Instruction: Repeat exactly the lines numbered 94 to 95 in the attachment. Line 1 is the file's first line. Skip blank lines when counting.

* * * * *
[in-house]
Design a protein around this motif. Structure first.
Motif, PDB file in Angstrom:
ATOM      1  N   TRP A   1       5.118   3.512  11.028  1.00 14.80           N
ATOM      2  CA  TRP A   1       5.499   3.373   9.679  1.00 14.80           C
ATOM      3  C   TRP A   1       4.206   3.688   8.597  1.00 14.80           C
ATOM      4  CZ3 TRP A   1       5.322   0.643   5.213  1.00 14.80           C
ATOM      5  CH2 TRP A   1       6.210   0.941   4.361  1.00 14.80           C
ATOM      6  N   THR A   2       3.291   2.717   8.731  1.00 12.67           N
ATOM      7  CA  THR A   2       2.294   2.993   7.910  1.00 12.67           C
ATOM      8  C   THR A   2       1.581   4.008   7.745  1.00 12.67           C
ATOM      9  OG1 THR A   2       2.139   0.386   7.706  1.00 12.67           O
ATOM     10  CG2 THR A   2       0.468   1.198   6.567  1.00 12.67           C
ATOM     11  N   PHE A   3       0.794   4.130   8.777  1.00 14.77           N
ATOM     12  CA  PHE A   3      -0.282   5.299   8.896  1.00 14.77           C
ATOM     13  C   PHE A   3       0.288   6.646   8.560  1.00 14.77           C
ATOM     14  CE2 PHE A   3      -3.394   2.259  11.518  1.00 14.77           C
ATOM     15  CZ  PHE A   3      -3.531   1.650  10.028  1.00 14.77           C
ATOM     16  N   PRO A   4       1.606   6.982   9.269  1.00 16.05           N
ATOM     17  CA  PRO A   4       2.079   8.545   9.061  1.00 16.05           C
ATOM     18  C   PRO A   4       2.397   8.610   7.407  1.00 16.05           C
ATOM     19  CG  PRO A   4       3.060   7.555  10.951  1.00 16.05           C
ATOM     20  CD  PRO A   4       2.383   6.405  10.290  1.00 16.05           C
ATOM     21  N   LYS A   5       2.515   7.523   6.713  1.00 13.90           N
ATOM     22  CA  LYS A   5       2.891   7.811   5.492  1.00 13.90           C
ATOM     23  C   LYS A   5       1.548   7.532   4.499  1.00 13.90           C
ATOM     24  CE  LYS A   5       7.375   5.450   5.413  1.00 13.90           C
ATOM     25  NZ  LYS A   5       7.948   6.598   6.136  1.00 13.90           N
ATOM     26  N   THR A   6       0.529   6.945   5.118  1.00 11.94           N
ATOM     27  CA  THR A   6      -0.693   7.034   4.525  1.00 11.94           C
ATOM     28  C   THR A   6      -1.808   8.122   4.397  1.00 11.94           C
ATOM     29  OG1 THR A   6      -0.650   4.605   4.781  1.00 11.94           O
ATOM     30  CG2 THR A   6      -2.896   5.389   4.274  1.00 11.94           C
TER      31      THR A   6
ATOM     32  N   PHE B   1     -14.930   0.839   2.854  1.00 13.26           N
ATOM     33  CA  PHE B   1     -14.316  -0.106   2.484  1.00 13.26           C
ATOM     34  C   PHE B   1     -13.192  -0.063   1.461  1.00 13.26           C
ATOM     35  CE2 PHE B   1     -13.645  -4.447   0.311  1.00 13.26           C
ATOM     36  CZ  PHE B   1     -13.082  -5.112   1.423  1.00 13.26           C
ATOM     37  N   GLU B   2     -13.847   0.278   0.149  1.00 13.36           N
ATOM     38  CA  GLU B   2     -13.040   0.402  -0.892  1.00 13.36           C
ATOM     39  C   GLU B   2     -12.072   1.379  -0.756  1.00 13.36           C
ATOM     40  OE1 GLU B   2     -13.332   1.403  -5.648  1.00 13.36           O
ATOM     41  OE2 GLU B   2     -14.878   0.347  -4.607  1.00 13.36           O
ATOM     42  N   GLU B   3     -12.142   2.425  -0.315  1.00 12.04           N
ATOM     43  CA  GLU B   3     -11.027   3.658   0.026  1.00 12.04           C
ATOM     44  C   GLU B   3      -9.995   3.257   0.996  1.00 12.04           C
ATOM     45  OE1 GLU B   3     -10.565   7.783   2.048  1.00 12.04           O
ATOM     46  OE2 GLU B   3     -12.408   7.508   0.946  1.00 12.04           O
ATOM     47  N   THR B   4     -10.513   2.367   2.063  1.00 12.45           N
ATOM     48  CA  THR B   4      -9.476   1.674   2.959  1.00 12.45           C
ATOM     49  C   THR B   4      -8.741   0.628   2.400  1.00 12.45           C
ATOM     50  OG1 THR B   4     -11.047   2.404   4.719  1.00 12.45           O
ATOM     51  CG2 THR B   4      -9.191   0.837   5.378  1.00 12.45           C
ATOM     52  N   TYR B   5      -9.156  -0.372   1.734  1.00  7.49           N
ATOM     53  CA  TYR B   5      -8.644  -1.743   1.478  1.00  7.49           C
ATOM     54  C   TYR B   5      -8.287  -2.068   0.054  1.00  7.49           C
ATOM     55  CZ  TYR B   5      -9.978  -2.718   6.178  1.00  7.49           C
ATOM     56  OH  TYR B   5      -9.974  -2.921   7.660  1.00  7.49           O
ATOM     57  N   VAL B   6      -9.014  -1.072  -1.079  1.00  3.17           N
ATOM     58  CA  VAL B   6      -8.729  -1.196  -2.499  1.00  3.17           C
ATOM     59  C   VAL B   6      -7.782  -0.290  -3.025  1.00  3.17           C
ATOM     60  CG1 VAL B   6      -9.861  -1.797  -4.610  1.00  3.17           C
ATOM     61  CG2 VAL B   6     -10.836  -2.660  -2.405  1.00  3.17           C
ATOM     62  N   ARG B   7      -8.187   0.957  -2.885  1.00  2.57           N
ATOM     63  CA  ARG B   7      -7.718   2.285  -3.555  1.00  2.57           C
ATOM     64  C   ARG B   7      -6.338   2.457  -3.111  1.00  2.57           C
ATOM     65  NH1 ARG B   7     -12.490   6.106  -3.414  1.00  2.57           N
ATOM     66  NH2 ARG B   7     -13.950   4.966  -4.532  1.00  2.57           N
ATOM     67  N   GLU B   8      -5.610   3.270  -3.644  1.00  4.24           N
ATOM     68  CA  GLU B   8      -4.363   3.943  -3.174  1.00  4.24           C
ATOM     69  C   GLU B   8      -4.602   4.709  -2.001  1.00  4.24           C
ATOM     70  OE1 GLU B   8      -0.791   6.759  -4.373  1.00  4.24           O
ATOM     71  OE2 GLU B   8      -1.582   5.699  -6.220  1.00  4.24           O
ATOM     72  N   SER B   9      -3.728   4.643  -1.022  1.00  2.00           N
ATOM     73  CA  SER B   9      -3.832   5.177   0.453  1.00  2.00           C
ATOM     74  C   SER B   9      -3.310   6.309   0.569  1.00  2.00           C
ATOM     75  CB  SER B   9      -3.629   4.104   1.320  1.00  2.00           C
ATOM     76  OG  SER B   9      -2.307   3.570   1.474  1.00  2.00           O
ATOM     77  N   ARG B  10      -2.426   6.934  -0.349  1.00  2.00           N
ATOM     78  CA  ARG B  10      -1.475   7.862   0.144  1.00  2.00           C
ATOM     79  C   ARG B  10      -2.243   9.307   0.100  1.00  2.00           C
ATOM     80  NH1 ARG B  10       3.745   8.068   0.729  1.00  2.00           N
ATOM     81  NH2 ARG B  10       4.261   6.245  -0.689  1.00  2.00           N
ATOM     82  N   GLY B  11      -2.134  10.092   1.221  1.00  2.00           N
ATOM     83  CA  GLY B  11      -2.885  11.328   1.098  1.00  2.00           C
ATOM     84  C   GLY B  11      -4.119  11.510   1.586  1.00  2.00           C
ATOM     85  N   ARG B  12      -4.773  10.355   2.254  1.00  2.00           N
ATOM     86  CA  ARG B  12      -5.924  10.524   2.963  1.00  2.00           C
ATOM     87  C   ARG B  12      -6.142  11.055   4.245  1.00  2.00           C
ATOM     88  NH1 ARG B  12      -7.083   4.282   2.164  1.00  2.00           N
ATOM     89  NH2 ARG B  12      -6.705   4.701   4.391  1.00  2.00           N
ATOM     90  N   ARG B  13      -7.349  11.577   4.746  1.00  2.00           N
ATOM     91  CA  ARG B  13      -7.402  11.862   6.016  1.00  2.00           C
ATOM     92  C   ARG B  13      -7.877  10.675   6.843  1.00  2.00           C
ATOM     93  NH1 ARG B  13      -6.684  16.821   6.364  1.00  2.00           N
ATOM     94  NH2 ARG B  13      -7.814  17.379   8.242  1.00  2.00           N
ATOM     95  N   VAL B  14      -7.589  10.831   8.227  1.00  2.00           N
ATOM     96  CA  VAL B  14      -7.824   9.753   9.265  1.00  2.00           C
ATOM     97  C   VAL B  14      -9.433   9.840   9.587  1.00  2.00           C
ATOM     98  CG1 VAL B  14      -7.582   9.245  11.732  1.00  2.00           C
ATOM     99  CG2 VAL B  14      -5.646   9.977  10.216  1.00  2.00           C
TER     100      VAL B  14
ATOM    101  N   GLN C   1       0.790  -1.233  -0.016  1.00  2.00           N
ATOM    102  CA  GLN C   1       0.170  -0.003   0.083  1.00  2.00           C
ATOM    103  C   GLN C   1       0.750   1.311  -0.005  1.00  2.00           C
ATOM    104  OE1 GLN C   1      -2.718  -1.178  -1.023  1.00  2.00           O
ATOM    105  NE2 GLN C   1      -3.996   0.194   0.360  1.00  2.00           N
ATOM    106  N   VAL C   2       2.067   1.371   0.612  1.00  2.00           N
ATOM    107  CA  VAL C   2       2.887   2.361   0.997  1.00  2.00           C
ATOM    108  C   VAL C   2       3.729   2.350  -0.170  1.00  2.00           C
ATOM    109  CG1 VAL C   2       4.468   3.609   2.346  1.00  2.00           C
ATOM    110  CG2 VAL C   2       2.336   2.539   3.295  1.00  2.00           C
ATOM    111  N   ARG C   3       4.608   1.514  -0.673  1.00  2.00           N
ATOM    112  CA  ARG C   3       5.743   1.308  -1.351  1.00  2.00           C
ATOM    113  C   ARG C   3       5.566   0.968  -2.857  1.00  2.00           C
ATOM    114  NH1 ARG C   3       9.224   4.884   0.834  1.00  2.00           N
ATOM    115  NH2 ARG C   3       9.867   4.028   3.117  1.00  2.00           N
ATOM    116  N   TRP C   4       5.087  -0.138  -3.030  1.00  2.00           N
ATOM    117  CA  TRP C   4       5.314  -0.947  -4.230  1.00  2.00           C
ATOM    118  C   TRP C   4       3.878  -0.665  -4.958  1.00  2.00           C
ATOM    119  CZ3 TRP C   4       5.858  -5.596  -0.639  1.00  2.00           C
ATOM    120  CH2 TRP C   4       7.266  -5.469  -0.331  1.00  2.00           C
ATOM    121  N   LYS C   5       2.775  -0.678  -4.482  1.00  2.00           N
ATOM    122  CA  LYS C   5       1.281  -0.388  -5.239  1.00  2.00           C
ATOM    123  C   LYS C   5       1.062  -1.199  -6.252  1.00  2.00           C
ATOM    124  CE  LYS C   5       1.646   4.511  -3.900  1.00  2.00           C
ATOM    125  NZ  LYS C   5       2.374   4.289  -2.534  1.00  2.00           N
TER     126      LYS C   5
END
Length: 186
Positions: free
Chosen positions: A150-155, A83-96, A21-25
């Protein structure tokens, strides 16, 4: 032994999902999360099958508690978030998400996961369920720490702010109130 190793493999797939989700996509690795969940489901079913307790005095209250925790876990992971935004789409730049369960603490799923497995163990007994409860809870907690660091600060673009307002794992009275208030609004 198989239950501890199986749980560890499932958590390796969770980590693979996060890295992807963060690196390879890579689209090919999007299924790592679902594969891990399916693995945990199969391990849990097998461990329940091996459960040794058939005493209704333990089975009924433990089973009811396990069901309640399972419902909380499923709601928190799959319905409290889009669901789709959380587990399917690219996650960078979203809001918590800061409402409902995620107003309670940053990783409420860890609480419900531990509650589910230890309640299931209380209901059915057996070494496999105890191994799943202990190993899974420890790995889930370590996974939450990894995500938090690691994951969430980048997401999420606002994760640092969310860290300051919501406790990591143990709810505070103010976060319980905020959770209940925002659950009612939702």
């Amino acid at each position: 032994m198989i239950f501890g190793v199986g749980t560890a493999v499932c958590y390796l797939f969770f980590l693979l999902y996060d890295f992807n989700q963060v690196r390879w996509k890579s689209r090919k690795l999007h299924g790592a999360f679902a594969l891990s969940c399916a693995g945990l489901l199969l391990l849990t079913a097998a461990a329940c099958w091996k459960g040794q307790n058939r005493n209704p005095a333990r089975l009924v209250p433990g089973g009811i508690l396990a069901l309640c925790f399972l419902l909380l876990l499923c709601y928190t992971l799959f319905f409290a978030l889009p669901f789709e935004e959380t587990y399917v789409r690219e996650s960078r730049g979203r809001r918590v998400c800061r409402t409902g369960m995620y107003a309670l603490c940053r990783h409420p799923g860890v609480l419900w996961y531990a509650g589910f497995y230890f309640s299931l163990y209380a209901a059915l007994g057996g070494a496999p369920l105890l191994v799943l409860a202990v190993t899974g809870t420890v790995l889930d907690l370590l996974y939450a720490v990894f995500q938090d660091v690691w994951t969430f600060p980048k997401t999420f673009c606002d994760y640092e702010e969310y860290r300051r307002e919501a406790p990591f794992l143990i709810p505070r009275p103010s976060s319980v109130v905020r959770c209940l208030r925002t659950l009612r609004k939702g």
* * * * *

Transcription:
ATOM     91  CA  ARG B  13      -7.402  11.862   6.016  1.00  2.00           C
ATOM     92  C   ARG B  13      -7.877  10.675   6.843  1.00  2.00           C